Nest2 Robert RichNest
It was close between this album and his 1989 album, Rainforest. On that album, Rich synthesized his own virtual rainforest, but on Nest he uses environmental recordings he made in Australia where he was inspired by the nesting of tree frogs there. He weaves synthesizer textures, spare piano, gongs and flutes in a slow motion dusk that floats like mist on the forest floor.

Range 3 S. CareyRange of Light
It’s hard to bring naturalistic imagery into song without sounding like John Denver, but S. Carey does it on his ethereal second album, Range of Light. The title comes from the writings of naturalist John Muir and many of the lyrics are drawn from his inspiration, even when Carey is writing gorgeous love songs to his family like “Alpenglow.”

Aquas 4 UaktiAguas da Amazonia
The collaboration of composer Philip Glass and the Brazilian new music group, Uakti, is a natural. Uakti plays instruments that are a cross between the PVC pipe percussion of The Blue Man Group and the exotic sound sculptures of the late Harry Partch. They play PVC pipe covered with skins, a wooden box with latex strings, marimbas made from glass bars and violins made from gourds. Marco António Guimaráes created these instruments and arranged them for Glass’s charming compositions inspired by Amazonian rivers.

Driftwood5 Rena JonesDriftwood
Rena Jones’ 2007 album, Driftwood, follows the life of a tree from “From Star to Seed” to “Driftwood.” It’s an entrancing album that’s as much about Jones’ translucent laptop compositions as her gifts on cello, guitar, violin and clarinet. Compositions like “Photosynthesis” and “Driftwood” have an almost classical flow as her strings and clarinet articulate Arvo Part-like lines of liquid inevitability while rhythms pulse, shudder and ping through the melodies.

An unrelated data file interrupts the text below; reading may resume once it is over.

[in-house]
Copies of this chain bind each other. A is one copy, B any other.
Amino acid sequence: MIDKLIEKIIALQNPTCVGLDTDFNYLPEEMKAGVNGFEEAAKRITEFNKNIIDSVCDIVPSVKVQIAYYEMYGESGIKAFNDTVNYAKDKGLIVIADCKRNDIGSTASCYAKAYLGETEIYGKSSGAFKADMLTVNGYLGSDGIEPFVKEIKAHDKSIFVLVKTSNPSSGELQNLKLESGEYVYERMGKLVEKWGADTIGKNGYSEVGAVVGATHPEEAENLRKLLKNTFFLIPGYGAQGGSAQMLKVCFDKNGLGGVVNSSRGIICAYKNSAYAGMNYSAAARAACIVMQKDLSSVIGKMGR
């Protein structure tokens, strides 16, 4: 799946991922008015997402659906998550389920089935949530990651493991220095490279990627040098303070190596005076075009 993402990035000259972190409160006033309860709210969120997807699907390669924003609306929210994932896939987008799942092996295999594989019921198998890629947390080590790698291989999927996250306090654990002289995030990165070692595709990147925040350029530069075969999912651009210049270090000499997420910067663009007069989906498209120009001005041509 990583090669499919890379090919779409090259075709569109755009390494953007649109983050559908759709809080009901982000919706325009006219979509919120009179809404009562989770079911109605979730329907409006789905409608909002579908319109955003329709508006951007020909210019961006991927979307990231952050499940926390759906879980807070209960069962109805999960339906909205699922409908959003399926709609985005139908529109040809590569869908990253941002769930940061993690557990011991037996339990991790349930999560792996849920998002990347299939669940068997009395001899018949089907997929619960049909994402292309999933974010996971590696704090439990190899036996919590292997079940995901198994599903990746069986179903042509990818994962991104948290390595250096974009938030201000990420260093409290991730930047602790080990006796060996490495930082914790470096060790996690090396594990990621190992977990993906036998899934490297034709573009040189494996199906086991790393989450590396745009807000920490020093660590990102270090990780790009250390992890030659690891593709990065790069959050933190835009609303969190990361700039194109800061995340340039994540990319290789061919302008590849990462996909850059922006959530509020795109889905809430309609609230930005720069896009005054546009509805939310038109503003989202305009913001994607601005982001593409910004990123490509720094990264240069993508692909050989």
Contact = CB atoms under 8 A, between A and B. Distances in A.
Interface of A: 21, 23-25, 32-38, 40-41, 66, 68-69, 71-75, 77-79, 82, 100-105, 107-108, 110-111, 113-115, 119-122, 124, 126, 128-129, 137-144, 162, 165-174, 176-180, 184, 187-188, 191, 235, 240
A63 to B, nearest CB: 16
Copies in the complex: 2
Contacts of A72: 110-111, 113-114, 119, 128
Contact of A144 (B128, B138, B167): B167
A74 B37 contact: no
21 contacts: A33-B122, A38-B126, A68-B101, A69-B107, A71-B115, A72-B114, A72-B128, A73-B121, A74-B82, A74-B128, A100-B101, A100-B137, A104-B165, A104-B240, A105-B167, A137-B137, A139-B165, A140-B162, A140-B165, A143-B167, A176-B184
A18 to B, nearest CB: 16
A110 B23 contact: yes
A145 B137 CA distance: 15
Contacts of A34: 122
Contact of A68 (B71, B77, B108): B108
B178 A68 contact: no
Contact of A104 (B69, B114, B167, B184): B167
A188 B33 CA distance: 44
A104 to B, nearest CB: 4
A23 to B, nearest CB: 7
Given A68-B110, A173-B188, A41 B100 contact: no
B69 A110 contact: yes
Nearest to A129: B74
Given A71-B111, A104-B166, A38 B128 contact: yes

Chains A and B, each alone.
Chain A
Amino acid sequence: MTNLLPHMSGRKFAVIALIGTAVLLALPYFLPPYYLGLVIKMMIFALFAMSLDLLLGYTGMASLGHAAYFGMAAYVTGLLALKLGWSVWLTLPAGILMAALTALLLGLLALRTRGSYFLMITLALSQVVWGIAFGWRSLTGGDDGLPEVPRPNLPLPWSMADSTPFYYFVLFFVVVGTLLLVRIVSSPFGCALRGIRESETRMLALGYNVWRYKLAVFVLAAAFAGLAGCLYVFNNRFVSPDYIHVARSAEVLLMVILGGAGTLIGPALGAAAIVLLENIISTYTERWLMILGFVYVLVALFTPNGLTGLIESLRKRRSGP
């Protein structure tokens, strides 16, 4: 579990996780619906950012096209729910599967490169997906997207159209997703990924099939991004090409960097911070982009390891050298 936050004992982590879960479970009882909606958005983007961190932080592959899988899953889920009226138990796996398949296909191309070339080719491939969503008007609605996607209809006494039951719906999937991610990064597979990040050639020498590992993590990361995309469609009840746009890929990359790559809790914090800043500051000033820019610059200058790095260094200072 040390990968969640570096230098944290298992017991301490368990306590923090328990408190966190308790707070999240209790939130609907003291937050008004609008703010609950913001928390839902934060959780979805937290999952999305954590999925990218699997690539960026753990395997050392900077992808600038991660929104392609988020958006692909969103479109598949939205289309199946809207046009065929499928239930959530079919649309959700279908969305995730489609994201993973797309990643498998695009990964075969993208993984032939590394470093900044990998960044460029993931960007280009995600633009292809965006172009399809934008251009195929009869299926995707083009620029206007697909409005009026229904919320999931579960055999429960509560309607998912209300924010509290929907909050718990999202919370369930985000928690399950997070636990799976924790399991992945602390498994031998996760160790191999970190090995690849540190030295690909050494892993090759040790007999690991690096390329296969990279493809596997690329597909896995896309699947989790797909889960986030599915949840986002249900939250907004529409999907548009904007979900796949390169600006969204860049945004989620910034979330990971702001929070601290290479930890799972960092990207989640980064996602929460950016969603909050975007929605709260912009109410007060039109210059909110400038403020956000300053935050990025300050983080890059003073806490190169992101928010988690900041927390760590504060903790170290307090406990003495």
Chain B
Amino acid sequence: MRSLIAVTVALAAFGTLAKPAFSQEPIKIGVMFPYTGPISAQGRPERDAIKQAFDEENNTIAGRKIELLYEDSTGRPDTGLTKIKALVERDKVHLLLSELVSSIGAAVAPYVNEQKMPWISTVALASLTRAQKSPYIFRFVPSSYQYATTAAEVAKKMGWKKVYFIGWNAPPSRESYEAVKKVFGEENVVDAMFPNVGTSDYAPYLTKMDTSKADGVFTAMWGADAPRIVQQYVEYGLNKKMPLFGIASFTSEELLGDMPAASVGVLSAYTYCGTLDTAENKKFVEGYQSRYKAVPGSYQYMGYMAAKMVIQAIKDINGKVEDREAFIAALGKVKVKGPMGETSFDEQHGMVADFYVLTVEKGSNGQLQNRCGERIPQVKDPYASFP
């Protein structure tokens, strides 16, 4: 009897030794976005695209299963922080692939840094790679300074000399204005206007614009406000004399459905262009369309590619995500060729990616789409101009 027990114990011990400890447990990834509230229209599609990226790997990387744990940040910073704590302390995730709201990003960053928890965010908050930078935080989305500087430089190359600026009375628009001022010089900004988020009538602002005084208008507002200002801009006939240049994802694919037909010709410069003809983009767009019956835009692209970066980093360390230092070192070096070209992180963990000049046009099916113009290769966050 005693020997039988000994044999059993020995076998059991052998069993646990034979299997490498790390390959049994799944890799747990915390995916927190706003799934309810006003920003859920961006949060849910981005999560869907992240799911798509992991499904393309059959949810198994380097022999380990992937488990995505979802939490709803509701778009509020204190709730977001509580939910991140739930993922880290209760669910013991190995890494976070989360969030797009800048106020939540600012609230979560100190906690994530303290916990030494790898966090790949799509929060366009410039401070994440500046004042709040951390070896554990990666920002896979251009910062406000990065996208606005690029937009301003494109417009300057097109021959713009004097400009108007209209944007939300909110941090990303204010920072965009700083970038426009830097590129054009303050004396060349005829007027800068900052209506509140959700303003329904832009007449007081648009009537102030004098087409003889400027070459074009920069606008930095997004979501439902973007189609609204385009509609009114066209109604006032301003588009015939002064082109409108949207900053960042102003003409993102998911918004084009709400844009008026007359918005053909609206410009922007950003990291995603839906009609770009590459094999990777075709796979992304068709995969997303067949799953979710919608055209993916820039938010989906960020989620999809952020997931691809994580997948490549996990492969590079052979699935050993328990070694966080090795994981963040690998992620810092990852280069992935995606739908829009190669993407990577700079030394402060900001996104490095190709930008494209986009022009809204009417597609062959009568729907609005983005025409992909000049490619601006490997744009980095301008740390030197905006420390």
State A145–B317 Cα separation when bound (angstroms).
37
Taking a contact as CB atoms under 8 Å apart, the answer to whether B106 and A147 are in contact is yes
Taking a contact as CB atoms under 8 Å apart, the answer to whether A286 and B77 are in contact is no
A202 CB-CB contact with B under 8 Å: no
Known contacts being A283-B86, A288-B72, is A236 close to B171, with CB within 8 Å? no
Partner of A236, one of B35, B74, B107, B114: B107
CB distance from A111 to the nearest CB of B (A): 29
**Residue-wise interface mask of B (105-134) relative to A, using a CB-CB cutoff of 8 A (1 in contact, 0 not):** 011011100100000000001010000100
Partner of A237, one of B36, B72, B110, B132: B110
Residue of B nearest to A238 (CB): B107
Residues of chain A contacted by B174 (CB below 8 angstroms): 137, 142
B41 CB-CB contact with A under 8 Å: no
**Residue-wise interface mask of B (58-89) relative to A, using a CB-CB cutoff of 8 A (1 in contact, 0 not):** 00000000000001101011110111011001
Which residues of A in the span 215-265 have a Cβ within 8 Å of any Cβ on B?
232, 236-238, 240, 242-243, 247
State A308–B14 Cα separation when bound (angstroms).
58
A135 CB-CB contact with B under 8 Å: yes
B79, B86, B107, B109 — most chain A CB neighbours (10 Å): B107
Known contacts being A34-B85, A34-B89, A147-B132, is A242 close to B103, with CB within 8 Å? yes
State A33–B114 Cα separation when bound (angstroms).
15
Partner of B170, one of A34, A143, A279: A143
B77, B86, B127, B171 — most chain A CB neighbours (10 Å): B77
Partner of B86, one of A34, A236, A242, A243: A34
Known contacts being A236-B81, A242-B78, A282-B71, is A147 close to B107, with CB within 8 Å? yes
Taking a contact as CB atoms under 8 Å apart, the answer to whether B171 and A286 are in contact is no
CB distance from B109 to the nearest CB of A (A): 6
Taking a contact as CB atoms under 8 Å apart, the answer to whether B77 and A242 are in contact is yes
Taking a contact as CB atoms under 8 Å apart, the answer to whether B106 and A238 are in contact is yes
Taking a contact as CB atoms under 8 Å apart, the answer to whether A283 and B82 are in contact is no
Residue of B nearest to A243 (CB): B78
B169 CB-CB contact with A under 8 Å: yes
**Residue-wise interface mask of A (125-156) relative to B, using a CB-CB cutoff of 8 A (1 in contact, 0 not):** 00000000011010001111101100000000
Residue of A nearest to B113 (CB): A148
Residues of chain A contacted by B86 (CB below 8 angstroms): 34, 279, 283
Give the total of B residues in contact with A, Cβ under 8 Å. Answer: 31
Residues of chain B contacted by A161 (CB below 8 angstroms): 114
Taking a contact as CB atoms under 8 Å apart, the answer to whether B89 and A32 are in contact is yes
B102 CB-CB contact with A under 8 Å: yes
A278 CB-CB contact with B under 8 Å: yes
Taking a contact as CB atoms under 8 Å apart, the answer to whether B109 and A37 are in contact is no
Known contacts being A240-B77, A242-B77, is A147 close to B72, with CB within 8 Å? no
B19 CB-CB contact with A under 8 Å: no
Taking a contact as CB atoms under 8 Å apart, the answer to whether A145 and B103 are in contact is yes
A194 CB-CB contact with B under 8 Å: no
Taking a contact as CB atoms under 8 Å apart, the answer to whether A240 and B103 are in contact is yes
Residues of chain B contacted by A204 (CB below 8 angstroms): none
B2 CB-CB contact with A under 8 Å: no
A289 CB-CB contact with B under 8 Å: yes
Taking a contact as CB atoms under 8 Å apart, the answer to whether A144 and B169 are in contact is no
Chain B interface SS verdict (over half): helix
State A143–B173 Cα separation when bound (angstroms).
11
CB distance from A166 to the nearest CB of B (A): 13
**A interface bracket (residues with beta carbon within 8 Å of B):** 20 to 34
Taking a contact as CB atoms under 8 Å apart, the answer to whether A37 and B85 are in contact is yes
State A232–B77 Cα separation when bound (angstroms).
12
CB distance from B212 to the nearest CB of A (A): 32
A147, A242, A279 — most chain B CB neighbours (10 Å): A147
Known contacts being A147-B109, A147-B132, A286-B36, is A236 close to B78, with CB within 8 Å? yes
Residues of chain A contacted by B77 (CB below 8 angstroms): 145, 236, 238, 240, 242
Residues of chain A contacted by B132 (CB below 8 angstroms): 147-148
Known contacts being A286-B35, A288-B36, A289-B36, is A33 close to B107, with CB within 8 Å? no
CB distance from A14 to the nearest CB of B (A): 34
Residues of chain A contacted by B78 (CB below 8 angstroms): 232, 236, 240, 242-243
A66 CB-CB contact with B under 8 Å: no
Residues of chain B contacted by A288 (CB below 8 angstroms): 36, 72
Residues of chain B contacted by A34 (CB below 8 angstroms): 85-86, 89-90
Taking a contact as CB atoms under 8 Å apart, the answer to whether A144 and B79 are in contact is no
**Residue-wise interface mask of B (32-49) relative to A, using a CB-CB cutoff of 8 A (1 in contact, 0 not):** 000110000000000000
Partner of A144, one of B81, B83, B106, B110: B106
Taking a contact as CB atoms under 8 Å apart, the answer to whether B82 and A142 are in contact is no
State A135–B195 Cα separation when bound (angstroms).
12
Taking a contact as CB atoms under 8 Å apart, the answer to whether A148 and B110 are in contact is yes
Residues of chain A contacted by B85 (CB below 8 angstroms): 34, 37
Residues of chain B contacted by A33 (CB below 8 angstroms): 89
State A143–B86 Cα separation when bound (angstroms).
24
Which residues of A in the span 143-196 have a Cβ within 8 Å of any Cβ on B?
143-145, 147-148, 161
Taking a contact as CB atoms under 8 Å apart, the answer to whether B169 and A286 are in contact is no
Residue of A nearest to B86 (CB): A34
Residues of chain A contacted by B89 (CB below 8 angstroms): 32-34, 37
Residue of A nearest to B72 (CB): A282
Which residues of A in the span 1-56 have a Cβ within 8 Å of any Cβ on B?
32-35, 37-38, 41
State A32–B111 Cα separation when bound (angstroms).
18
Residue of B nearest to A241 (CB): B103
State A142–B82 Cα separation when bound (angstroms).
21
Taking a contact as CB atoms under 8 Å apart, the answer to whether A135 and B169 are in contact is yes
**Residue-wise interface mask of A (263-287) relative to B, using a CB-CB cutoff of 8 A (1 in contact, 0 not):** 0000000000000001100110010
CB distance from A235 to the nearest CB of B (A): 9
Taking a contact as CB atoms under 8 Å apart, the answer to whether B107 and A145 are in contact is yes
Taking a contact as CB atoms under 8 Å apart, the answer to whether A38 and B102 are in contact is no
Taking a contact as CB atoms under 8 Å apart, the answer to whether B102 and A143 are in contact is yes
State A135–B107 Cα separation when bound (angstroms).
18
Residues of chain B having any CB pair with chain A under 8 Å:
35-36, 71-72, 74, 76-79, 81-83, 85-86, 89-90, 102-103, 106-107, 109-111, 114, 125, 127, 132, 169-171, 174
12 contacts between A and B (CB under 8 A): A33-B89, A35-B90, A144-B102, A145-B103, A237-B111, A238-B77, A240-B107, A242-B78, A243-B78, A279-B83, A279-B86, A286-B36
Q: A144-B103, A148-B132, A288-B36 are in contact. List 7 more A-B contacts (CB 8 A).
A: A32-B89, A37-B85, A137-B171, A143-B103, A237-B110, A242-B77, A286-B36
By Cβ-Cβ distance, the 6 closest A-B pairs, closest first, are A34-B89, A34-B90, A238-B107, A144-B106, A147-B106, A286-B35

Equator 6 Bernie KrauseEquator
Bernie Krause was one of the early pioneers merging electronic music and environmental sounds, most famously done on In A Wild Sanctuary by Beaver & Krause in 1970. But in the 1980s, Krause committed himself to sonic ecology, recording environments across the globe. He would orchestrate these natural sounds into compositions, sometimes purely natural sounds, other times reinforced with some gentle synthesizer underpinnings ala Sonic Seasonings. That’s what he does on Equator.

Earth-Voices7 Paul Winter - Earth Voices of a Planet
The Godfather of environmental music, it’s hard to pick a CD from Paul Winter. But his 1990 album, Earth-Voices of A Planet seems a perfect merging of Winter’s chamber jazz folk sound merged with environmental sounds. Spotted owls, elephants and whales (many recorded by Mickey Houlihan) are joined by Winter’s soprano sax and musicians like Glen Velez, Rhonda Larson and Eugene Friesen in ecstatic songs like “Cathedral Forest.” Winter rises above New Age clichés for this genre.

Bali8 Jalan JalanBali
Jalan Jalan was a studio project from the Japanese Pacific Moon label. They took the sounds of Balinese gamelan and combined it with pianos, flutes, small percussion and environmental sounds into gentle refrains.  It owes much to Brian Eno’s Music for Airports, with its sense of elegiac repose and resigned melancholy, particularly tracks like “Firefly Sanctuary.” The canon form in which most of these pieces are written and the stately pace they follow make this music seem like it could go on forever, and you wish they would.